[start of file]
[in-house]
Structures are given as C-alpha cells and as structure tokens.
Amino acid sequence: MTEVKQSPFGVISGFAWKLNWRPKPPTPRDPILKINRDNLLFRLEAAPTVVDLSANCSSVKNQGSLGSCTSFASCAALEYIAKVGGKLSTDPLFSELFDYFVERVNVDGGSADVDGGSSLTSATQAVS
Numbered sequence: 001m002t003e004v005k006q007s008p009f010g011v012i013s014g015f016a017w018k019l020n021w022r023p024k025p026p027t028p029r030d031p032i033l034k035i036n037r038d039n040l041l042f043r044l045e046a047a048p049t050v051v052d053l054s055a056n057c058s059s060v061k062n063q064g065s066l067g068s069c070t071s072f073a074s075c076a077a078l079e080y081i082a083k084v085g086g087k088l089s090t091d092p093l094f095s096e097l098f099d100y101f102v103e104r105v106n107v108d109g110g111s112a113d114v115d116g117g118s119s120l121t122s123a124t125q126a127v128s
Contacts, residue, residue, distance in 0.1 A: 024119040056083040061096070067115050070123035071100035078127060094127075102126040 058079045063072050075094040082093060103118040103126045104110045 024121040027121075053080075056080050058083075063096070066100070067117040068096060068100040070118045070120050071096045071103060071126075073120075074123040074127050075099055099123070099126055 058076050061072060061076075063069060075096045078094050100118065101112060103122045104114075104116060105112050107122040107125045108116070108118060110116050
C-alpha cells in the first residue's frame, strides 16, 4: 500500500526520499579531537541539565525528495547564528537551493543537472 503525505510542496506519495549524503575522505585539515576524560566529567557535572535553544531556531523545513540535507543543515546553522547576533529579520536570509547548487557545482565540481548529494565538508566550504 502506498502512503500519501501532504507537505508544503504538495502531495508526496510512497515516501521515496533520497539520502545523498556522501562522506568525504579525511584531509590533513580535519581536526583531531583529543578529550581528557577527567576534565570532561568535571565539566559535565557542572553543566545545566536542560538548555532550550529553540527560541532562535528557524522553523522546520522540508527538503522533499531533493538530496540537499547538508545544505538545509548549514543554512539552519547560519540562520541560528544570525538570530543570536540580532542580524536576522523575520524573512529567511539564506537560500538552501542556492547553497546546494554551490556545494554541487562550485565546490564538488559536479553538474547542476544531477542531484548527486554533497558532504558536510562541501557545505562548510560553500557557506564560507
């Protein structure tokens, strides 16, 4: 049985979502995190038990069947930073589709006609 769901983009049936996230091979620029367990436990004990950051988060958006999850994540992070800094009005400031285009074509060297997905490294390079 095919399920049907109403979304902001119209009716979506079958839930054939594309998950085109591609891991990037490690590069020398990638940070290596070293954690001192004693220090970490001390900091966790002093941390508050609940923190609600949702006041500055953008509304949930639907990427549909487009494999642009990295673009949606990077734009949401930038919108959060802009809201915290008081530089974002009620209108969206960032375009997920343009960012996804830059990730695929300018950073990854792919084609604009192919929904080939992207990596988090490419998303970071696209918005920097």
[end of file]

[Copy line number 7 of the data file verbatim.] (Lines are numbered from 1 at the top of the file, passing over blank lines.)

């Protein structure tokens, strides 16, 4: 049985979502995190038990069947930073589709006609 769901983009049936996230091979620029367990436990004990950051988060958006999850994540992070800094009005400031285009074509060297997905490294390079 095919399920049907109403979304902001119209009716979506079958839930054939594309998950085109591609891991990037490690590069020398990638940070290596070293954690001192004693220090970490001390900091966790002093941390508050609940923190609600949702006041500055953008509304949930639907990427549909487009494999642009990295673009949606990077734009949401930038919108959060802009809201915290008081530089974002009620209108969206960032375009997920343009960012996804830059990730695929300018950073990854792919084609604009192919929904080939992207990596988090490419998303970071696209918005920097």